(Closed) RSVP card dilemma!

posted 7 years ago in Paper
Post # 3
Member
244 posts
Helper bee
  • Wedding: June 2012

Well, I would never pay that much for something that the guests are going to throw away. Remember that most of them will NOT be keep your invite as a sentimental keepsake…they’ll just throw them away after the wedding. And YOU will probably just throw away all the response cards after you’ve entered the info into your guest list. If you can afford the expensive cards (and that should be the first question), then you should be asking yourself if you really want to spend that much on something that’s going to end up in a landfill, or if you’re lucky, a recycling plant somewhere. I say, do whatever you LIKE the best, whether it “matches” or not…no matter what, if you put them together, then they go together!

Good luck!

Post # 4
Member
2227 posts
Buzzing bee
  • Wedding: January 2012

@ORella2012: Well said!

 

What is your budget for invitations? If you have not made one and limited yourself to a price for each aspect of the wedding (stationary, flowers, makeup, favours, etc) I can guaranty you will OVERSPEND on every part of your wedding.

 

Post # 5
Member
518 posts
Busy bee
  • Wedding: August 2011

I would get everything thermographed so it matches. Most people don’t know the difference and won’t notice, but they might notice if things don’t match. If you’ve got budget left over, you can spring for hand calligraphed addresses.

Post # 7
Member
1326 posts
Bumble bee
  • Wedding: October 2011 - Tre Bella, Mesa, AZ

Just FYI, you can use an inkjet on vellum if it’s not too thin, but the ink bleeds a bit (text will look fuzzy) since the vellum has a slick texture.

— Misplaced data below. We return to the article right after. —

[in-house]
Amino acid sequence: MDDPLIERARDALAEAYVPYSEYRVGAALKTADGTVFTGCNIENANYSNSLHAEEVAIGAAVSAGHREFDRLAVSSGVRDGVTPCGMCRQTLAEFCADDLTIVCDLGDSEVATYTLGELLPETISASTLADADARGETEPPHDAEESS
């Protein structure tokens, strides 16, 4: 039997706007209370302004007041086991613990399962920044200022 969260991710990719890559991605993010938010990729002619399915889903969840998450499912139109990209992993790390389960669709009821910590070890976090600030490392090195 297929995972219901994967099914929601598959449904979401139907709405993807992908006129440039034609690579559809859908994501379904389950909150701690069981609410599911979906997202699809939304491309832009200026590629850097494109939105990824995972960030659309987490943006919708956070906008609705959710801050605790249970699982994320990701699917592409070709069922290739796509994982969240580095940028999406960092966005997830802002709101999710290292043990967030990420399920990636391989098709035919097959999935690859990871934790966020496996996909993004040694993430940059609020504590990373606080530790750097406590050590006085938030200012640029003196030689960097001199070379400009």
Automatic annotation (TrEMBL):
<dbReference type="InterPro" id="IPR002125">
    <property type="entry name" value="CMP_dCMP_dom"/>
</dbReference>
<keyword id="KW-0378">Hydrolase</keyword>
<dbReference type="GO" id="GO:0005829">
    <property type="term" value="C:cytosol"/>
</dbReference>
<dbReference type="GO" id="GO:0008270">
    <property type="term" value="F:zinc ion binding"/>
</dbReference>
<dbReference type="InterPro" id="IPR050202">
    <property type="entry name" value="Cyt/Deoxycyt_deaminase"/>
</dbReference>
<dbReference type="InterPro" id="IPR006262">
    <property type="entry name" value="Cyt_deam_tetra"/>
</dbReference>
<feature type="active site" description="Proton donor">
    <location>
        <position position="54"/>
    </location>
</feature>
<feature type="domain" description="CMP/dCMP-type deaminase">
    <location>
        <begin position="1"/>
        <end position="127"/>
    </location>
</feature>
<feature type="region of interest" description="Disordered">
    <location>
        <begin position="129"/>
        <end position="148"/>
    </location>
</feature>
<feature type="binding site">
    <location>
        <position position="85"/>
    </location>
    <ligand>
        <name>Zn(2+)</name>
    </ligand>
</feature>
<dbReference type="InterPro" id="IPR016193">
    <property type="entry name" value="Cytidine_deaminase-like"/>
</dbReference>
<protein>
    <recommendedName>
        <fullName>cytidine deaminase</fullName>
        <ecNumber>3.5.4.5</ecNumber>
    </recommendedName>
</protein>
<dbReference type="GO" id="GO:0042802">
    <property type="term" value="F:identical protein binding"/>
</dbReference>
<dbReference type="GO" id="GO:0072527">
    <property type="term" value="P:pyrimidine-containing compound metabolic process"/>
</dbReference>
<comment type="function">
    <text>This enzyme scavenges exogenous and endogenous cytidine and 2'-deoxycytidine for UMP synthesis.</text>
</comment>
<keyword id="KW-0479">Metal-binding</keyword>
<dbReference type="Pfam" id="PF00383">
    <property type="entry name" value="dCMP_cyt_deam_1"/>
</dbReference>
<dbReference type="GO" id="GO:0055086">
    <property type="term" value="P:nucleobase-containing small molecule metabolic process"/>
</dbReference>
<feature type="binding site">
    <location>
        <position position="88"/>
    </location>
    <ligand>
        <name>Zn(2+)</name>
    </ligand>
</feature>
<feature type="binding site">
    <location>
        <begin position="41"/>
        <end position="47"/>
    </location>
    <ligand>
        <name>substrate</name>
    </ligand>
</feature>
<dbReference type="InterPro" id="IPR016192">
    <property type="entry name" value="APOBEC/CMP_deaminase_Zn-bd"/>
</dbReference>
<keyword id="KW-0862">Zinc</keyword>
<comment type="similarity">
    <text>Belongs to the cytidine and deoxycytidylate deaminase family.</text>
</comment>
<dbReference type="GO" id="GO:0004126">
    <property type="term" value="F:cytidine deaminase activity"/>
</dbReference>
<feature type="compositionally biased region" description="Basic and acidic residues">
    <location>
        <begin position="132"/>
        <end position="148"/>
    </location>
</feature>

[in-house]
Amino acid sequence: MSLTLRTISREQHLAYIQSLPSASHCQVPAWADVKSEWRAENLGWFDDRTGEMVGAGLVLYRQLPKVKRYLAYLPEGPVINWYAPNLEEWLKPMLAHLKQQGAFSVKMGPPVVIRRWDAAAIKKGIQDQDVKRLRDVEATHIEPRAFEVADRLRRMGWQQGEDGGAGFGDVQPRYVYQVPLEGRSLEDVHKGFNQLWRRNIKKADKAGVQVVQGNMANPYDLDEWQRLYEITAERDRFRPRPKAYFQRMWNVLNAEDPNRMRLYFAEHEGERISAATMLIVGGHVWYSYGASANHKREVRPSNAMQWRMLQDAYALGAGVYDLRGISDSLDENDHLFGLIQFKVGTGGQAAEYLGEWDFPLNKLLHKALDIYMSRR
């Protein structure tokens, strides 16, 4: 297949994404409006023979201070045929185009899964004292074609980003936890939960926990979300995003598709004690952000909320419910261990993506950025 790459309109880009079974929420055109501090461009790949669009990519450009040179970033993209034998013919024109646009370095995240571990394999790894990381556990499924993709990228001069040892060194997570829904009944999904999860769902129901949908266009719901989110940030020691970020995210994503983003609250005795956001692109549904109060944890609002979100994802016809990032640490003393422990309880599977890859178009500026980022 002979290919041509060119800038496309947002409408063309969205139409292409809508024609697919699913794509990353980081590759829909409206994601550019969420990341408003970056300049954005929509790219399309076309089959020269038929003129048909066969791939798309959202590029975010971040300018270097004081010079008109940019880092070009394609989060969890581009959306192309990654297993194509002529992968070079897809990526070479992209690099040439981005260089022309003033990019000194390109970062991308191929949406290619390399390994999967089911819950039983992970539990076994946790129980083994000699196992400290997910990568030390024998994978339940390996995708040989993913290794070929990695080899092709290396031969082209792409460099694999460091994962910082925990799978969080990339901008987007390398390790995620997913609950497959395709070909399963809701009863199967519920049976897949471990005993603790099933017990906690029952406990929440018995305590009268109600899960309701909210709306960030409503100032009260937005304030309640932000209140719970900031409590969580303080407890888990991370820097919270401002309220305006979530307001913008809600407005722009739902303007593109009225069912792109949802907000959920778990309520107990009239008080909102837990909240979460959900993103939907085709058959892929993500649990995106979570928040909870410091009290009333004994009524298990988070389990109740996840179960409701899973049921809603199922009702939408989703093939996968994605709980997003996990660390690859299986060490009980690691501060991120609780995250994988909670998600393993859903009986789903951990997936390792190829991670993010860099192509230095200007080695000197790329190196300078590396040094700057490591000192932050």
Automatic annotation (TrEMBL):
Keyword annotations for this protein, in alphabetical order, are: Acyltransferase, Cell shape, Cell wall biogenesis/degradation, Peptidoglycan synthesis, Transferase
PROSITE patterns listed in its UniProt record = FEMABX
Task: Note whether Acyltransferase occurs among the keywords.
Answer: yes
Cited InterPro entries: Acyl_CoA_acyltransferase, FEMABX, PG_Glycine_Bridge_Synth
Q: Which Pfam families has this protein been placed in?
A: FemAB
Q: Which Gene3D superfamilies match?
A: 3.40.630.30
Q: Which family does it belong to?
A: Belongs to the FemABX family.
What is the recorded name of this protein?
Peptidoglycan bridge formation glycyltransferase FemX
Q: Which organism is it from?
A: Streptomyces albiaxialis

As a designer, I’d opt to do everything consistently, but at the cheaper price. I <3 letterpress, but it’s way too expensive, IMO (unless you have a big budget for stationery). Thermography always looks cheap or corporate to me. Have you thought about just doing digital printing? You’d save a ton of money, and the design/paper is typically what makes the invites, not the process, In My Humble Opinion.

ETA: based on your last post, I would go all letterpress even though it’s expensive. I would not mix letterpress & thermography or letterpress & digital printing.

Post # 8
Member
518 posts
Busy bee
  • Wedding: August 2011

I would suggest using a budget calculator to figure out how much you can spend on invitations.

By The Way we are having a black tie wedding and chose thermography because it was half the price of engraving ($1200 for 200 invites including invitation, reception card, reply card and all the envelopes versus $2400). We got a TON of compliments on how elegant and classy our invitations were, from a crowd that is used to going to very formal weddings. Choose an ecru stock with a neutral font color (black is really traditional but we did a taupe), use formal language and fonts,  and use double envelopes and you will convey the formality of the event.

Post # 9
Member
47 posts
Newbee
  • Wedding: August 2013

@bellagio:  why would you not suggest letterpress invites mixed with digital rsvp cards? i’m just curious because that’s what i was thinking of doing. do you think it would look strange?

Post # 9
Member
1326 posts
Bumble bee
  • Wedding: October 2011 - Tre Bella, Mesa, AZ

Hey, @kcanon, sorry for the REALLY late reply. 😛 Honestly, it’s just my opinion because I do design for a living. I can tell the difference between the three, know how much each costs, and where each are typically done (digital = everything nowadays, thermography = business cards, letterpress = high-end invites).

It would be like standing three wedding dresses next to each other, each the same style but different price points/budgets. So lets say you look at one of the budget-friendly dresses alone, and it looks pretty dang good. Now stand it next to the Vera Wang it was inspired by…it may not be so stunning.

I don’t know that a lot of people would notice the difference if you mixed letterpress and digital, but I would instantly cringe. 🙂

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